One of the UK’s biggest consumer goods firm is betting on more people eating vegan food and has set itself a “scary target” to increase sales.
Unilever wants to increase its annual sales of plant-based meat and dairy products five-fold within seven years, hitting €1bn (£900m) by 2027.
“It’s a scary target, but it’s important we set it,” the firm said.
Consumers are increasingly turning to vegetarian foods for health and environmental reasons.
In the UK, there has been exponential growth in vegan food sales with sales of meat-free products in the UK up from £488m last year to £577m this year, according to analyst firm Kantar.
It doesn’t necessarily mean people are becoming vegetarian, said Tesni Steele-Jones, consumer insight director at Kantar.
“Shoppers are looking for healthier alternatives and adopting a more flexitarian routine,” she said.
“The most popular plant-based products are those that can be used when cooking from scratch or baking as people try their hand at new recipes while we are all spending more time at home.”
The EAT-Lancet Commission, a group of 37 scientists, reported this summer that eating more fruit and vegetables and fewer foods from animals gave health and environmental benefits.
Unilever said that the global plant-based meat market alone is estimated to be worth $35.4bn by 2027.
But the consumer goods giant will still have to pull out all the stops to reach its target.
“It will require really, really high growth rates,” Hanneke Faber, president of Unilever’s foods and refreshment business, said.
In 2019, Unilever’s total sales were €52bn, with foodstuff sales of €19.3bn.
The company is betting on growing its plant-based meat brand The Vegetarian Butcher, which it acquired two years ago, and now sells in 30 countries.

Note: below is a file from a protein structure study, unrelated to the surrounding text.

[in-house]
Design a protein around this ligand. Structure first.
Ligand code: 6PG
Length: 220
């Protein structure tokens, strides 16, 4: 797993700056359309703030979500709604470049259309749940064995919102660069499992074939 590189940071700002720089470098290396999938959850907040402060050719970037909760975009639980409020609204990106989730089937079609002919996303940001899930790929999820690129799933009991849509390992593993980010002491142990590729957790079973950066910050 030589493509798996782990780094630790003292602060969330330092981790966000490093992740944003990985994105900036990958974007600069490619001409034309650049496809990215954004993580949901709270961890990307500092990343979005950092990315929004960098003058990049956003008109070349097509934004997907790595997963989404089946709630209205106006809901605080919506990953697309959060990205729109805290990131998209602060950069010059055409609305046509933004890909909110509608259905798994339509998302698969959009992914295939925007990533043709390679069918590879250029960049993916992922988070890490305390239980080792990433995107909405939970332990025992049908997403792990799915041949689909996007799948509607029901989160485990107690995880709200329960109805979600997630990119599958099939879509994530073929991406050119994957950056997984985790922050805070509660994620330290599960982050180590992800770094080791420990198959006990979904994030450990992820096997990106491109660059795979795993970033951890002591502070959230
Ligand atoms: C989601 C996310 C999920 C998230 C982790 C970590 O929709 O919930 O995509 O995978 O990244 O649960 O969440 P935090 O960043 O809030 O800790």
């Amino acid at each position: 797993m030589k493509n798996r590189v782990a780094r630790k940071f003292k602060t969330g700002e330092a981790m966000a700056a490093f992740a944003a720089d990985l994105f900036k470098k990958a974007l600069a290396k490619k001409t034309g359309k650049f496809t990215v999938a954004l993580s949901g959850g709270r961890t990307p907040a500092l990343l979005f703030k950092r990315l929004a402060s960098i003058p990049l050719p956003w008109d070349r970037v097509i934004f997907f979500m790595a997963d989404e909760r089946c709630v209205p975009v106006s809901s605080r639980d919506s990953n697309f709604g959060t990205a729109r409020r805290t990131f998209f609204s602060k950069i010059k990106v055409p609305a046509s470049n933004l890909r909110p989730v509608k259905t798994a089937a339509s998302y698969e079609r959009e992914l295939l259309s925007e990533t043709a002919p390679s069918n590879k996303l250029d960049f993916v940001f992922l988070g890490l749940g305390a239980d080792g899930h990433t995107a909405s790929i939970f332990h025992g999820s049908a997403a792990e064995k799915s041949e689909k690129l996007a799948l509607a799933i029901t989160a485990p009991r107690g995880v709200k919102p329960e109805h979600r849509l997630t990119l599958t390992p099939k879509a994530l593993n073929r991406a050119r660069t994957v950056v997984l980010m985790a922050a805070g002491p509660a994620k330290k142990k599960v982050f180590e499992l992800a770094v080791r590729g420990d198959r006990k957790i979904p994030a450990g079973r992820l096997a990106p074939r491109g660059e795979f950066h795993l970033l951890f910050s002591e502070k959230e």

It’s through this brand that Unilever supplies Burger King’s plant-based Whopper in 26 countries, with the fast-food chain having plans to sell its plant-based nuggets.
Unilever also wants to push its vegan dairy ranges, which include Vegan Ben & Jerry’s ice cream, Magnum Vegan, Vegan Cornetto, and Hellmann’s Vegan mayonnaise.
Plant-based mince from the Vegetarian Butcher is more expensive, pound-for-pound, than some premium beef mince products.
This could weigh on some price-conscious consumers minds, especially as the coronavirus crisis continues to affect the global economy.
However, Unilever is confident that by scaling up its plant-based food production it can bring prices down.
“Scale is going to make a difference over time,” Ms Faber said, although it could be a few years before plant-based meat prices are comparable, she added.
Retailers are increasingly placing an emphasis on their vegetarian and vegan ranges.
In September, Tesco said it wanted to sell four times as much meat alternative protein by 2025 as part of a sustainability drive.
Along with its plant-based target, Unilever has also committed to halving food waste from factory to shelf by 2025, and to continue lowering calorie, salt and sugar levels in its products.
“It is widely recognised that the current global food system is inequitable and inefficient,” said Ms Faber.
“One billion people around the world are hungry while two billion are obese or overweight. One third of all food produced is thrown away.
“And animal agriculture is the second largest contributor to greenhouse gas emissions after fossil fuels and a leading cause of deforestation, water and air pollution and biodiversity loss.”
In September Unilever pledged to drop fossil fuels from its cleaning products by 2030 to reduce carbon emissions.